WASHINGTON, D.C. – The U.S.-México Border Health Commission launched its Healthy Border 2020 Initiative on Wednesday evening at the Mexican Cultural Institute in Washington, D.C.
Among those in attendance was Mexico’s ambassador to the United States, Alejandro Estivill. “Estoy convencido de que esta iniciativa va a rejuvenecer, le va a dar muchos nuevos años a la Comisión de Salud,” Estivill said.
According to the authors, the Healthy Border 2020 Initiative comprises “measurable and bi-nationally relevant goals and objectives that bring together key regional partners to develop and support policy change and culturally appropriate, evidenced-based interventions that address public health challenges prevalent along the border.”
Among the strategic priorities are: chronic and degenerative disease, infectious disease, maternal and child health, mental health and addiction, injury prevention, transversal priorities, access to care, research, and strategic planning
“The Healthy Border 2020 Initiative addresses the dynamic public health challenges prevalent among binational border populations, marking the Commission’s second iteration of its border regional agenda on health promotion and disease prevention. This initiative was developed in alignment with the HHS strategic plan to address complex, multifaceted, and evolving health and human services issues,” its authors state.
Among those to speak at the launch of the new initiative was Cristina Rabadan-Diehl, director of the Office of the Americas in the Office of Global Affairs at the United States Department of Health and Human Services.
“Tonight marks a significant milestone in the history of the U.S.-Mexico Border Health Commission. We are not only celebrating the release of this Healthy Border report, but we are also recognizing the importance of public health in the border region and the Commission’s mission to provide our international leadership to optimize the health quality of life for border residents,” Rabadan-Diehl said.
Rabadan-Diehl discussed U.S.-Mexico border demographics and its challenges, such as its uninsured population, high unemployment, and high poverty levels. All of these factors, she said, contribute to diminishing health.
Rabadan-Diehl said the border region can serve as a source for identifying innovative models that can improve access to health care. “Healthy Border 2020 builds on the lessons learned from Healthy Border 2010 and focuses public health issues that are prevalent along the national border population.” She then gave an overview of the various components of the report.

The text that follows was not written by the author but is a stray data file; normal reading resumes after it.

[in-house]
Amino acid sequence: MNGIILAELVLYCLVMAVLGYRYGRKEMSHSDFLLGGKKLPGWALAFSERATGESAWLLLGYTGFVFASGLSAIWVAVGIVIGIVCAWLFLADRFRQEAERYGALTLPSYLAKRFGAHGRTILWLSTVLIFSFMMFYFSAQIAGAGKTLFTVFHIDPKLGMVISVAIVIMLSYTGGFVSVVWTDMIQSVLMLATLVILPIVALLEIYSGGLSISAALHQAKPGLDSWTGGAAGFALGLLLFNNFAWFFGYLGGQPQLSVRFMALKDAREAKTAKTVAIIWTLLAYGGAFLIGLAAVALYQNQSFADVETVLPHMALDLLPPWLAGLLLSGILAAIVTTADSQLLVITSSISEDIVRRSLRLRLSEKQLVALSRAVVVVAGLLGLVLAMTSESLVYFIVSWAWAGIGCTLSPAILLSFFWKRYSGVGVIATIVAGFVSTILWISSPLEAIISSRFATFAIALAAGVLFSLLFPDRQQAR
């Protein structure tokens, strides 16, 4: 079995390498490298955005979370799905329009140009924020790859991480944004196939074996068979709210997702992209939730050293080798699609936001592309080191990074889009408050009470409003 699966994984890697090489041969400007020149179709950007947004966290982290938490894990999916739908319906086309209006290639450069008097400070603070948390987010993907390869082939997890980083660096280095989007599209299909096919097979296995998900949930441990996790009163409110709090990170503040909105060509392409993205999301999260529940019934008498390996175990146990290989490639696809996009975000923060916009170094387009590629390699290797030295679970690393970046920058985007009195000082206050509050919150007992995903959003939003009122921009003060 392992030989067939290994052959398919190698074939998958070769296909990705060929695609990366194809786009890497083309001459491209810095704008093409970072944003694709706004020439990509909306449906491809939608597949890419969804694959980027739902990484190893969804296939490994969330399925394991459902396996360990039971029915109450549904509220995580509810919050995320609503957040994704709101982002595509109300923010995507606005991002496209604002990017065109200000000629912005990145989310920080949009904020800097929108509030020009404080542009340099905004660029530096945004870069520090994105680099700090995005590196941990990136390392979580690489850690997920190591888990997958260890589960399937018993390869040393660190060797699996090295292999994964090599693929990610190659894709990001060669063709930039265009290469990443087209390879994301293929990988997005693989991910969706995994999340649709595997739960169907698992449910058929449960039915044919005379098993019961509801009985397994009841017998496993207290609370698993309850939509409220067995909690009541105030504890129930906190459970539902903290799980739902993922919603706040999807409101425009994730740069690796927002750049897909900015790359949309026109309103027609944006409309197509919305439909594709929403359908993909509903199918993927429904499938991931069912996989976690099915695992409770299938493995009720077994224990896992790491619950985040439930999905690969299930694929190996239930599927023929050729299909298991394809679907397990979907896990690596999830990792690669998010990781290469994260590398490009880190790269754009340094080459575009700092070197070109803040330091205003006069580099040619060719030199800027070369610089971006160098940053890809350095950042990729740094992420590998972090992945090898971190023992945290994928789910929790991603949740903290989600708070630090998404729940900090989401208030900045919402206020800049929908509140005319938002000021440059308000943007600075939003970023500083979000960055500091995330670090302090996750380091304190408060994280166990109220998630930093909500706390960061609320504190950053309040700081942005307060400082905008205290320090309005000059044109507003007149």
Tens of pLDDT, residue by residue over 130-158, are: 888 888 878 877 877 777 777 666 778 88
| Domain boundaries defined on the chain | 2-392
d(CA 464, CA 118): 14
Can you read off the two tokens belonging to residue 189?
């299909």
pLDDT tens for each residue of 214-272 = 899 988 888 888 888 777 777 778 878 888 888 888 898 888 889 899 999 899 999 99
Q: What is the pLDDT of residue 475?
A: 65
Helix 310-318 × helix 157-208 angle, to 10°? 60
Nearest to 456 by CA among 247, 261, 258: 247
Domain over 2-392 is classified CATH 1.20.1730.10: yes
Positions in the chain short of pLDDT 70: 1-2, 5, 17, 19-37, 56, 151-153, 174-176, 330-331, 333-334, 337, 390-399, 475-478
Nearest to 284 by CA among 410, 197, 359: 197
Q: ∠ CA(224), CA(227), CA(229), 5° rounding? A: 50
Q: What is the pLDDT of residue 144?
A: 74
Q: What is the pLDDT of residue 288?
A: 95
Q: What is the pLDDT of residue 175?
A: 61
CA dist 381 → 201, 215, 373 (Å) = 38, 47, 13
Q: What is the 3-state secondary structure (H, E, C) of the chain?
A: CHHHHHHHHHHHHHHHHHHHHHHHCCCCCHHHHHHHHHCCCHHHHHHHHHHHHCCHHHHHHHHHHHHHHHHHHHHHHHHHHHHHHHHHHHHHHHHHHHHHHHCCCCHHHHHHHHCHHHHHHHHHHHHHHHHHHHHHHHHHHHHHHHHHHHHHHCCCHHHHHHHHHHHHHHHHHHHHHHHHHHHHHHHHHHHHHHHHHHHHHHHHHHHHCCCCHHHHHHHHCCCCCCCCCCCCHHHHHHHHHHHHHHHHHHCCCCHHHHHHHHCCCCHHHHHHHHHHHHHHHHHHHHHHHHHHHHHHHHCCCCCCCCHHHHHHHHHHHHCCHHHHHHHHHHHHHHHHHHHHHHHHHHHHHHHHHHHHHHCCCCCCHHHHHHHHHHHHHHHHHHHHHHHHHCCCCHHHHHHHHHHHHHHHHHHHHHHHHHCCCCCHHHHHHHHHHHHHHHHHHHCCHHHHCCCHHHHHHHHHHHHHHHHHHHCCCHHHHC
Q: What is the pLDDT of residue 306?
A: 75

“Now that we have this framework, we are counting on you and your friends and your stakeholders,” Rabadan-Diehl told those in the audience. “It is our responsibility to the border region communities to form now an implementation of strategy. It is our responsibility, all of us, all of the people on the border, all of the people here in Washington. It is our people. It is our responsibility. We need to start mobilizing our communities. We’ve already been doing it in the last fifteen years, but now even more so together we have to do it. We have a road map: Healthy Border 2020.”
The well-being of border communities has to be given the highest priority, Rabadan-Diehl said. “This is going to be a live document, this is just a road map, but the road that we walk, we will walk it together. For that, we really need you to tell us how to do that and what is the side we need to take. We can’t do this from Washington; we can’t even do this from the border. We need to do this in partnership. There a vast number of challenges in the U.S.-Mexico border, but we must remember that there are even a greater number of opportunities. That is the optimist in me.”
Lic. Hilda Davila Chávez represented Commissioner Dr. Mercedes Juan López, secretaria de salud de Mexico, at the event.
“Reconocemos en la frontera una vitalidad única en donde lo binacional es lo cotidiano Cruzar la frontera, ida y vuelta, es cosa de todos los días. Lo que sucede en un lado de la frontera tiene un gran impacto en el otro. Que mejor ejemplo de ello que la salud publica,” Chávez said.
In an interview with the Rio Grande Guardian after the event, Rabadán Diehl said: “The Border Health Commission provides a forum for people to bring up the issues but for them to realize that we as the federal government do care about the region and to recognize that the power of us lies in the fact that we are a bi-national organization that really conveys the ten border states from the U.S. and the Mexican side, so we really operate as a unity. When we are dealing with those issues, we have those 15 million people in mind.”